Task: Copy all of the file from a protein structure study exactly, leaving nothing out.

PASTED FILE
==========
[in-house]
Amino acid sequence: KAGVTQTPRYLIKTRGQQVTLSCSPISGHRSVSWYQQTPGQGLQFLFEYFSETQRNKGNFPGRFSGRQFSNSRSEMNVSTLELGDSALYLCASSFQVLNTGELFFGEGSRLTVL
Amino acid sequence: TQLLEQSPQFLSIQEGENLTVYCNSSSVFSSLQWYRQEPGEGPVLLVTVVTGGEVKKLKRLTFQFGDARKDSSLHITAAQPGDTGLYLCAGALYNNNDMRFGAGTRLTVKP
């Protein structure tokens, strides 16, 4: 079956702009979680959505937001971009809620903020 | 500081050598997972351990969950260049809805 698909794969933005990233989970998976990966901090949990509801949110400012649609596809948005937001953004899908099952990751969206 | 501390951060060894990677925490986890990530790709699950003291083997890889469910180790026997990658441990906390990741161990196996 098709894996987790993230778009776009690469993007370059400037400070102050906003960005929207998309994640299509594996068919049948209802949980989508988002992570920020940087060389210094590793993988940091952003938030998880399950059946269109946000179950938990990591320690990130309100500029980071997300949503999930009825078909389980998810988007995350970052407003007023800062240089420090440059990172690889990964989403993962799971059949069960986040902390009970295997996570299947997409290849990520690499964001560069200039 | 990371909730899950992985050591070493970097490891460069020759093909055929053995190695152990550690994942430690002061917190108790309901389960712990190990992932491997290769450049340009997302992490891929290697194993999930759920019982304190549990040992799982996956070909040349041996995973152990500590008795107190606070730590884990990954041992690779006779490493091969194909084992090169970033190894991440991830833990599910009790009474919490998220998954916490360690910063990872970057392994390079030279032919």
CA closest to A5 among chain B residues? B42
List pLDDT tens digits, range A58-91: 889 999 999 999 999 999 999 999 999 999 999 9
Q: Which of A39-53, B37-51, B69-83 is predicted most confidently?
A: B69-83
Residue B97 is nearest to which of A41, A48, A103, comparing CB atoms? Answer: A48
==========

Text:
[in-house]
Amino acid sequence: KAGVTQTPRYLIKTRGQQVTLSCSPISGHRSVSWYQQTPGQGLQFLFEYFSETQRNKGNFPGRFSGRQFSNSRSEMNVSTLELGDSALYLCASSFQVLNTGELFFGEGSRLTVL
Amino acid sequence: TQLLEQSPQFLSIQEGENLTVYCNSSSVFSSLQWYRQEPGEGPVLLVTVVTGGEVKKLKRLTFQFGDARKDSSLHITAAQPGDTGLYLCAGALYNNNDMRFGAGTRLTVKP
């Protein structure tokens, strides 16, 4: 079956702009979680959505937001971009809620903020 | 500081050598997972351990969950260049809805 698909794969933005990233989970998976990966901090949990509801949110400012649609596809948005937001953004899908099952990751969206 | 501390951060060894990677925490986890990530790709699950003291083997890889469910180790026997990658441990906390990741161990196996 098709894996987790993230778009776009690469993007370059400037400070102050906003960005929207998309994640299509594996068919049948209802949980989508988002992570920020940087060389210094590793993988940091952003938030998880399950059946269109946000179950938990990591320690990130309100500029980071997300949503999930009825078909389980998810988007995350970052407003007023800062240089420090440059990172690889990964989403993962799971059949069960986040902390009970295997996570299947997409290849990520690499964001560069200039 | 990371909730899950992985050591070493970097490891460069020759093909055929053995190695152990550690994942430690002061917190108790309901389960712990190990992932491997290769450049340009997302992490891929290697194993999930759920019982304190549990040992799982996956070909040349041996995973152990500590008795107190606070730590884990990954041992690779006779490493091969194909084992090169970033190894991440991830833990599910009790009474919490998220998954916490360690910063990872970057392994390079030279032919």
CA closest to A5 among chain B residues? B42
List pLDDT tens digits, range A58-91: 889 999 999 999 999 999 999 999 999 999 999 9
Q: Which of A39-53, B37-51, B69-83 is predicted most confidently?
A: B69-83
Residue B97 is nearest to which of A41, A48, A103, comparing CB atoms? Answer: A48